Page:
Classes for the Münster program are held in the Paul Gerhardt Haus, a building owned by a local Lutheran congregation. It serves as a home base for a youth café, confirmation classes, senior citizens gatherings, and several student groups. There are more groups here this year than ever before, which makes some juggling of room assignments necessary. We appreciate having our classes in a central location (close to the main train station where all bus lines intersect) and in a friendly environment.
Students in the Münster program take four classes: a Religion course taught in English by Pastor Mahler (a retired Lutheran pastor), a Paideia II course focusing on Jews and Germany, and two German courses. There are actually two German courses offered simultaneously for different skill levels. One is taught by me, and the other is taught by Andrea Schäfers, a graduate student studying the teaching of German as a Foreign Language. The German courses are split into half-semesters, which means they cover a lot of material in a short time! Being surrounded by German really helps students – they are putting their skills to use all the time.
One thing that the students and I have both noticed is that the pace of classes is very different here than on campus. The German classes feel more like a J-Term class, meeting on consecutive days for longer periods of time. Gone is the MWF or TTh rhythm of a “regular” semester. Having completed two full weeks of classes, things are starting to feel a little more routine.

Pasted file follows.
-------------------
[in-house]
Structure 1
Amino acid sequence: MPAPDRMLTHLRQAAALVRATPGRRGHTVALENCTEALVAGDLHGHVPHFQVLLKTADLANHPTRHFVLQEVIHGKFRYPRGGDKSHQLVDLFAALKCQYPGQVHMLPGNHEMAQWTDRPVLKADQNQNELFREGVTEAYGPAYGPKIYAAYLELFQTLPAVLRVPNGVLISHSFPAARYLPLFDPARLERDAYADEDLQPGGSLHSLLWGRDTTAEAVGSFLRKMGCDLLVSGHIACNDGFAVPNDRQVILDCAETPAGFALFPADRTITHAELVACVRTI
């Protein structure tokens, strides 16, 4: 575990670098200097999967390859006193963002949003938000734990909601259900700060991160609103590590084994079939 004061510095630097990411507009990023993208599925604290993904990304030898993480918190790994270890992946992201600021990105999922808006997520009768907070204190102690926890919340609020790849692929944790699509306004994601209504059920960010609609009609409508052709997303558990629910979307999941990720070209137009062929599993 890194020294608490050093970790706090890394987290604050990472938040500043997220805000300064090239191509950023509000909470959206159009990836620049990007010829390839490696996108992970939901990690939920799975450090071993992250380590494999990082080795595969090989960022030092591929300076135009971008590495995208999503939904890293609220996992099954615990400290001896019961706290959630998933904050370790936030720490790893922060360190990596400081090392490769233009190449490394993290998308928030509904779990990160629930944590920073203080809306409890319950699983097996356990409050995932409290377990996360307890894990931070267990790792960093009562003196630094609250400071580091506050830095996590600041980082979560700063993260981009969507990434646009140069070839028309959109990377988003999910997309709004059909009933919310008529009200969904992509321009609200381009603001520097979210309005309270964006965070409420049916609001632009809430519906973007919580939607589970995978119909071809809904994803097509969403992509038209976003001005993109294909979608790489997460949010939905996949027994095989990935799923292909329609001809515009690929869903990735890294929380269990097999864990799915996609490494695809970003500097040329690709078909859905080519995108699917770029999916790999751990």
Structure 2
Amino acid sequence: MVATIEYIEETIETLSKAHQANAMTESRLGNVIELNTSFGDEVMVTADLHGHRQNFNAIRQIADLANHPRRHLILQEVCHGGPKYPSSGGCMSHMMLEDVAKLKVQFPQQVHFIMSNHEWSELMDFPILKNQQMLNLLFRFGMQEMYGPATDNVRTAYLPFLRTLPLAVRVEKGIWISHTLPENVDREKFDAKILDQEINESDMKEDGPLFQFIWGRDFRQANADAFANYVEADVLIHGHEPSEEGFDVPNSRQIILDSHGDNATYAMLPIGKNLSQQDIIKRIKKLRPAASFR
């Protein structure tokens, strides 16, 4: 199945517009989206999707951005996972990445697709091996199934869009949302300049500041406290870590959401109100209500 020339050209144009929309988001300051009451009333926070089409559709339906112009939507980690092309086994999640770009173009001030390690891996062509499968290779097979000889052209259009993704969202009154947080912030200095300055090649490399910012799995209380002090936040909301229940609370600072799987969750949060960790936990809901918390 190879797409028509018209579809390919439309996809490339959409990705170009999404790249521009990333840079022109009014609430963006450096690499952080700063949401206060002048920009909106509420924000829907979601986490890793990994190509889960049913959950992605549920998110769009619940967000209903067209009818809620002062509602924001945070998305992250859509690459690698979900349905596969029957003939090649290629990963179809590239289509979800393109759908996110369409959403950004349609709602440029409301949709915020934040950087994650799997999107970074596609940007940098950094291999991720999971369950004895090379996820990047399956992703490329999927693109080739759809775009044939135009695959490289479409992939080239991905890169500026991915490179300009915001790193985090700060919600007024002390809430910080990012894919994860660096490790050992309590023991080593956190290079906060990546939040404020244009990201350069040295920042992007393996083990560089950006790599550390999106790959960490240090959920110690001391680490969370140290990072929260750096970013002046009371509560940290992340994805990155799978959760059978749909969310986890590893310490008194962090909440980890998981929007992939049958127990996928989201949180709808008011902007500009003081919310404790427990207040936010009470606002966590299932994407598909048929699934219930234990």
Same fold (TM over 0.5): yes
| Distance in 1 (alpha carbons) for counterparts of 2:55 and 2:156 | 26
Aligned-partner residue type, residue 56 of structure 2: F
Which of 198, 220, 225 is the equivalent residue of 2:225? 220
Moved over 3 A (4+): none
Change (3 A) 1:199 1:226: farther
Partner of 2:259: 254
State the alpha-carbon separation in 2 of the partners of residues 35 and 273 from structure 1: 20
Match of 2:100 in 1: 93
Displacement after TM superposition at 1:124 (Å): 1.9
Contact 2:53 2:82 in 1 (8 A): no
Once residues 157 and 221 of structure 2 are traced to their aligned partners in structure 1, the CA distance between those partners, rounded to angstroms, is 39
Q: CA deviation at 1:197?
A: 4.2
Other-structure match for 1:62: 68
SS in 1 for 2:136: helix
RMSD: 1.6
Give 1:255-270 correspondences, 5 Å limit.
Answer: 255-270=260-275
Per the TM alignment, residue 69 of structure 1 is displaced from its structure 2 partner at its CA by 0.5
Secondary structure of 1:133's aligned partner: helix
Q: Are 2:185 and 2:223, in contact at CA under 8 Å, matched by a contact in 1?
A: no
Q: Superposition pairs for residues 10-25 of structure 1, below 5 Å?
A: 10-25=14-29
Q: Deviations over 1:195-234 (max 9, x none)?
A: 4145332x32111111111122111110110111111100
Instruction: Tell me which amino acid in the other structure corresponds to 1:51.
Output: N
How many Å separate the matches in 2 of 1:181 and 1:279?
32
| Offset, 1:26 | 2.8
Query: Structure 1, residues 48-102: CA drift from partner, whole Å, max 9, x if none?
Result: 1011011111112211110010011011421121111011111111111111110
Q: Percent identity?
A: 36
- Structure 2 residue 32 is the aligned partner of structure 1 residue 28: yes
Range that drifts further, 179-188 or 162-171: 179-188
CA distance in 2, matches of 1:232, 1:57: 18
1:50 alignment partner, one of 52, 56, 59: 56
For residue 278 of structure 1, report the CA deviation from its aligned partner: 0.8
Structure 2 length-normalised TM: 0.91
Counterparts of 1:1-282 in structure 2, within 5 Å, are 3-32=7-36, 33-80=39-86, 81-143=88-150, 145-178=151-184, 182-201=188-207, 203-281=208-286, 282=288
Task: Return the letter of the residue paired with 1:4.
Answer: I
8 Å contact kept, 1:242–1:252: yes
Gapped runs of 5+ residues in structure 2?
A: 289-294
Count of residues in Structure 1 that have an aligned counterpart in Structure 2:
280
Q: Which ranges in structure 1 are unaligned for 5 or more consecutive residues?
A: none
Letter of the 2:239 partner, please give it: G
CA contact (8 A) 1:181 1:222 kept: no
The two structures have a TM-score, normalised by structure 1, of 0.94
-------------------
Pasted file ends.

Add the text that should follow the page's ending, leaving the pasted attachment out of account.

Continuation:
It has been a lot of fun to witness the discoveries students are making in their first few weeks in Germany. Some of our students have traveled abroad before, but for many this is their first time in Germany. As an American who first spent time in Germany after her junior year of high school, I can remember (and sometimes even still experience) these “a-ha” moments. Students from small towns now confidently manage the public bus system here in Münster; picky eaters are bravely trying foods with names they have never heard; shy students are starting to connect with their host families. There are challenges and moments of awkwardness, but the students are rising to the task.
This weekend is Karneval, with the high point in Münster arriving on Monday (Rosenmontag) with the parade. Stay tuned….